The more victims stand together to call out inappropriate conduct, the less women will continue to be victims of power-based sexual harassment, Noor Blumer said.
Former justice Dyson Heydon was directed out of the University of Canberra Law Ball after at least one young female student complained about his behaviour. Ms Blumer left even earlier, telling her husband she had been sexually harassed.
Speaking at the Australian Women Lawyers (AWL) 2020 National Conference, private practice solicitor Ms Blumer said that she does not regret speaking out about what had happened years before and other victims should consider doing the same.
“The greatest barrier to speaking out is fear,” Ms Blumer told the webcast. “Why should those of us who have done nothing wrong feel afraid? We are strong, educated women and this is our legal profession. If we cannot stand up for ourselves, how can we then represent those that have suffered serious domestic violence?
“The more we stand together to be counted, the more the stigma will fall away and the less we will continue to be victims of power-based sexual harassment.”
Ms Blumer considered what other than fear was stopping women from coming forward with their complaints and concerns. For one thing, she said that culturally, “Australians are raised not to be dobbers”. It would be “un-Australian” for them to complain.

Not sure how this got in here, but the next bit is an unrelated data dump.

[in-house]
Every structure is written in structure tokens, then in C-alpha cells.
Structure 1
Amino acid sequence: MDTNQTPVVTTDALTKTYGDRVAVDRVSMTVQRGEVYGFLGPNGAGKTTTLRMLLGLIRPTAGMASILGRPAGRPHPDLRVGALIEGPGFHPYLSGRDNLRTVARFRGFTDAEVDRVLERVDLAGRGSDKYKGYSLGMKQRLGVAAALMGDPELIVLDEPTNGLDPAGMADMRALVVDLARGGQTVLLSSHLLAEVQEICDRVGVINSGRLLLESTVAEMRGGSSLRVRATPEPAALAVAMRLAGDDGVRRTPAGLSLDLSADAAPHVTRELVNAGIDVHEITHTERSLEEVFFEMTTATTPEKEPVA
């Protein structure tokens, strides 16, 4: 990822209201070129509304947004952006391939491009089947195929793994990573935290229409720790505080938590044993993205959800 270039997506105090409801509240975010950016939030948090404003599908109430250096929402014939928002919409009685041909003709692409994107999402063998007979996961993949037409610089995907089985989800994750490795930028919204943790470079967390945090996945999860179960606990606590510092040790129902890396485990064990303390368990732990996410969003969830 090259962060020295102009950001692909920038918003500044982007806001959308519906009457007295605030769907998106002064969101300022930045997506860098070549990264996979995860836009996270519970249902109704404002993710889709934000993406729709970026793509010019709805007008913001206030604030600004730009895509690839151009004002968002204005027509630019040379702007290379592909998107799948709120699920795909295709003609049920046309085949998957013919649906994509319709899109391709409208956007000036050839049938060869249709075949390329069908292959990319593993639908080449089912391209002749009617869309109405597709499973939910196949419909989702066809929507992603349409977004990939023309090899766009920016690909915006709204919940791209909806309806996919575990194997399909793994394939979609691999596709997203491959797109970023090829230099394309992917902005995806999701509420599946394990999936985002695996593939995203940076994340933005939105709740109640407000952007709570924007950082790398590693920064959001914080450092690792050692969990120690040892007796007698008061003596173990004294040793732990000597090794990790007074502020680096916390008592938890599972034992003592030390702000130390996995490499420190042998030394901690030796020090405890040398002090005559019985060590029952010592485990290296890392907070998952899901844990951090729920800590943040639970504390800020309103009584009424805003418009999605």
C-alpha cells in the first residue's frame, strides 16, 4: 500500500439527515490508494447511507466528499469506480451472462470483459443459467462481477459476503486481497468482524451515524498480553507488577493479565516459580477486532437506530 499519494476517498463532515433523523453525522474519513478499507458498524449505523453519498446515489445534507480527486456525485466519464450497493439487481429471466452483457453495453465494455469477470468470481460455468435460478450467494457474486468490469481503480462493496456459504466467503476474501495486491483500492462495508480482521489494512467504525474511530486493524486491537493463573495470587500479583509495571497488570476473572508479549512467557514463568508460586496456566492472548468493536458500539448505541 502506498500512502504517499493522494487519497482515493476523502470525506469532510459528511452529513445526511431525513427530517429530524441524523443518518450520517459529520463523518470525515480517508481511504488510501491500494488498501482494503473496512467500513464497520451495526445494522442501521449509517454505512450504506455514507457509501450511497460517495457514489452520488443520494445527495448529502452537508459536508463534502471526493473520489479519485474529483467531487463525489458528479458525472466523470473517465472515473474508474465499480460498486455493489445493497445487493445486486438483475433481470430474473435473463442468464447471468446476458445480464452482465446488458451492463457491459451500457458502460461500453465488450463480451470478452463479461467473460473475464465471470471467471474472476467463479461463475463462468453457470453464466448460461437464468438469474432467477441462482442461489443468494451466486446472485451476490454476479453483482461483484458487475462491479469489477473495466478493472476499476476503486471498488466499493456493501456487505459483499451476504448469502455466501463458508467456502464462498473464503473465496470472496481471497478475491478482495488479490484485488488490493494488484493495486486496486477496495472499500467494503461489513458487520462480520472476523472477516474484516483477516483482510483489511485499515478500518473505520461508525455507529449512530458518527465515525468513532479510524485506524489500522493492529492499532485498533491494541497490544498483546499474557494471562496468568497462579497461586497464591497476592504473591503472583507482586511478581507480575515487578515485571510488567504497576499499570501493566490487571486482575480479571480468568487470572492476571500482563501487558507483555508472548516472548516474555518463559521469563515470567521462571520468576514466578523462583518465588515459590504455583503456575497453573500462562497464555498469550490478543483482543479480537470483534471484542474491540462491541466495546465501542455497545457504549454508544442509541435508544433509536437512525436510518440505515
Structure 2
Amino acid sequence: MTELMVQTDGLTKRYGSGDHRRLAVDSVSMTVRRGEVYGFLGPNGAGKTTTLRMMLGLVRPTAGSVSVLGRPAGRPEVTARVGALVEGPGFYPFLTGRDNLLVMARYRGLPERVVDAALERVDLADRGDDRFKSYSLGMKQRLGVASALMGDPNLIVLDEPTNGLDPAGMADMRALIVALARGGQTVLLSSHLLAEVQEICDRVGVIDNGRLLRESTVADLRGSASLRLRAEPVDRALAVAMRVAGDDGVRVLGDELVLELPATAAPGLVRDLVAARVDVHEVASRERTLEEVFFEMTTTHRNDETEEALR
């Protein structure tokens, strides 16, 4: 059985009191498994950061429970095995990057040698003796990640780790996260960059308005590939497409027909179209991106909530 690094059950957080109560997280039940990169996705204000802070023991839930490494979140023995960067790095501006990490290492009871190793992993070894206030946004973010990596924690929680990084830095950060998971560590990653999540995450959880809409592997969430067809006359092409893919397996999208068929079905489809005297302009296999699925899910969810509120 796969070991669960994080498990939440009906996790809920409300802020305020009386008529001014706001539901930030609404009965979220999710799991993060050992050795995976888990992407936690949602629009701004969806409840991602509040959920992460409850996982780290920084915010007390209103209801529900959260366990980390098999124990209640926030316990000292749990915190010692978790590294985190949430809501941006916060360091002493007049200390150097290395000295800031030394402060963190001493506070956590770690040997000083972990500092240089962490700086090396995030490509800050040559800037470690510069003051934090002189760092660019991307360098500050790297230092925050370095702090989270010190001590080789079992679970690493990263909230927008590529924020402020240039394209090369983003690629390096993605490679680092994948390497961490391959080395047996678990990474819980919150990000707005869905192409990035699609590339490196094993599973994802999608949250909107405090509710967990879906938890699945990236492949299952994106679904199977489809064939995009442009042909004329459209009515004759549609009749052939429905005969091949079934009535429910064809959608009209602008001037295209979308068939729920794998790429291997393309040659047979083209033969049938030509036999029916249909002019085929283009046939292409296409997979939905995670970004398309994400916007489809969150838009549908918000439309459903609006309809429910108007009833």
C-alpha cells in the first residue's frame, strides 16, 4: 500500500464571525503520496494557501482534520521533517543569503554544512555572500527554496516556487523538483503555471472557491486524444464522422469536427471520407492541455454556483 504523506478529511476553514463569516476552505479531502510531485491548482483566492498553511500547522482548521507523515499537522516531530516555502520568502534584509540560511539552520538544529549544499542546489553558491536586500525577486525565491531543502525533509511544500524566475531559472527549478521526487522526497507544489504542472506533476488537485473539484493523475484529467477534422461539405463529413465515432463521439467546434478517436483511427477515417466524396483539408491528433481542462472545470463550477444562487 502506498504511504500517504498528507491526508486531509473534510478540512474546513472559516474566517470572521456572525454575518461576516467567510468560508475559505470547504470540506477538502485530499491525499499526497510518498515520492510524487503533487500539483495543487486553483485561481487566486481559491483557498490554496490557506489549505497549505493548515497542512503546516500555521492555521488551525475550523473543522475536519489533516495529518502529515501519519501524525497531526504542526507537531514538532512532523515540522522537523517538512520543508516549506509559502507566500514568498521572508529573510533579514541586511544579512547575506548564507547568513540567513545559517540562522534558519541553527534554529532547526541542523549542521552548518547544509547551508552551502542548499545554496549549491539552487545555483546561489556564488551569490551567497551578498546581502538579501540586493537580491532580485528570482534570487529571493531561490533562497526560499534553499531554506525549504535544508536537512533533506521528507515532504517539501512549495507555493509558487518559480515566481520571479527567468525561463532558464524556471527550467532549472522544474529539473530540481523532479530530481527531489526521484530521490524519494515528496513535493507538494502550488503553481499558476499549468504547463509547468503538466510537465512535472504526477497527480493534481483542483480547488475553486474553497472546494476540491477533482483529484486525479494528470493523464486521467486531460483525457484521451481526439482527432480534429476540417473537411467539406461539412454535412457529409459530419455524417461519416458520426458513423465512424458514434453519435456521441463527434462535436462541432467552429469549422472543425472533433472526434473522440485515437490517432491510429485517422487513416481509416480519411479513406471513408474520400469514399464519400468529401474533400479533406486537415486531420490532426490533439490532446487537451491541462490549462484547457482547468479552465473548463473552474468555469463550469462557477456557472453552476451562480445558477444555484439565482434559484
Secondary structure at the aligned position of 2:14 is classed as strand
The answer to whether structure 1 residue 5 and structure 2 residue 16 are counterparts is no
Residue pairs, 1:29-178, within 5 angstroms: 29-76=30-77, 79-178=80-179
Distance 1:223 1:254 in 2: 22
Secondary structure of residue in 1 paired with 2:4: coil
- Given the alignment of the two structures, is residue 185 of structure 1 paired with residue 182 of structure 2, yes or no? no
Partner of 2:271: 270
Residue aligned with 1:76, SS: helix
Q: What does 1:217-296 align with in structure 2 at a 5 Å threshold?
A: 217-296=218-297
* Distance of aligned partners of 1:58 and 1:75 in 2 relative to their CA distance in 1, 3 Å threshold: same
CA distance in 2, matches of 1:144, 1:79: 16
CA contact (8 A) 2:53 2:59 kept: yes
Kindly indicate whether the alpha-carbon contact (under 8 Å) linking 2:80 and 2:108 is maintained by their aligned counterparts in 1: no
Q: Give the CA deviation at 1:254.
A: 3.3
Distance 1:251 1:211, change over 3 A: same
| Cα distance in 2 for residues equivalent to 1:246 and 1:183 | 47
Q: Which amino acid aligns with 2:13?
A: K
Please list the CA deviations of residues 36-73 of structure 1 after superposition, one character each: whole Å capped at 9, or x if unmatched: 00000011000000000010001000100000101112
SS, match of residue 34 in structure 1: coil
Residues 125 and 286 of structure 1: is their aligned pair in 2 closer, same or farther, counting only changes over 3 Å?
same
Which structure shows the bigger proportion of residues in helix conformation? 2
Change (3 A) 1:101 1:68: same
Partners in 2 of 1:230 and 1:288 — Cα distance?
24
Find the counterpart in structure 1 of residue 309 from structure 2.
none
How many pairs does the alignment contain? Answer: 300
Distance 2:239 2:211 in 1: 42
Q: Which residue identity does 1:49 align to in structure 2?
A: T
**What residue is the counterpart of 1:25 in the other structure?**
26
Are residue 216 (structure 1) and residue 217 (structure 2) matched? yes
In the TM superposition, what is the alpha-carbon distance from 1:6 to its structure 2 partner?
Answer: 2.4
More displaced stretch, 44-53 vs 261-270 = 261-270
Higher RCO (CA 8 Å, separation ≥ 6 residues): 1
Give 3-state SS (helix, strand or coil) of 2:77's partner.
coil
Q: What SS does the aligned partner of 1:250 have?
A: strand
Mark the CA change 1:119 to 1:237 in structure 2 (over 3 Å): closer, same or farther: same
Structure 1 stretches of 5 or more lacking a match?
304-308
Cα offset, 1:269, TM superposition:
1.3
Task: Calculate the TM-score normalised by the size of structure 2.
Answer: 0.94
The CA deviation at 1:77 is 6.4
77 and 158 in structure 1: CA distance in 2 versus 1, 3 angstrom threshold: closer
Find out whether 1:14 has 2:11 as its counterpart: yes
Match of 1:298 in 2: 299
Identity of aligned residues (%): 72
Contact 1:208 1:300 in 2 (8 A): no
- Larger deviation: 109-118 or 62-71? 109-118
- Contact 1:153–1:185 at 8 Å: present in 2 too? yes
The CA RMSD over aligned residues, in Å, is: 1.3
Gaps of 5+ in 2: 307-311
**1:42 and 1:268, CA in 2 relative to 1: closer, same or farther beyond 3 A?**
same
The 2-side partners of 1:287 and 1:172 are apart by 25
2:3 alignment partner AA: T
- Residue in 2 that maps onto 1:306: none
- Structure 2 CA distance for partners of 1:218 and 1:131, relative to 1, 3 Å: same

Then there is the culture of the profession itself which prides itself on its confidentiality, proof of evidence and giving the clients the benefit of the doubt. As lawyers, Ms Blumer said they are regularly advising their clients against making public statements.
Ms Blumer’s experience with reporting sexual harassment is different than others. For one thing, after reporting her experiences at the Law Ball and learning that other young women experienced something similar, she offered to support them with her own story. Her position benefited the complaints and offered security in ways theirs did not.
For many years, Ms Blumer advocated for women in the law and played an important part in ensuring sexual harassment appeared in the Australia Solicitors Conduct rules. She knew that, by speaking out now about her experiences, “it would assist the plight of those brave former associates, some of whom had left the profession forever”.
Ms Blumer feels strongly that she and others who spoke out did the right thing. She is sure that those associates may wish, in retrospect, that they did more to save women in future from similar advances: “If they had done, would it have saved others from the ignominy and indignity of the sexual groping that I and others endured? Maybe.”
“Do I regret speaking out? Not at all. Would I do so again? Definitely. Do I wish I had done it sooner? Probably, although my story on its own would not have had anywhere near the force it did coming at the same time as the powerful statement from the Chief Justice, [the Honourable] Susan Kiefel of the High Court,” she said.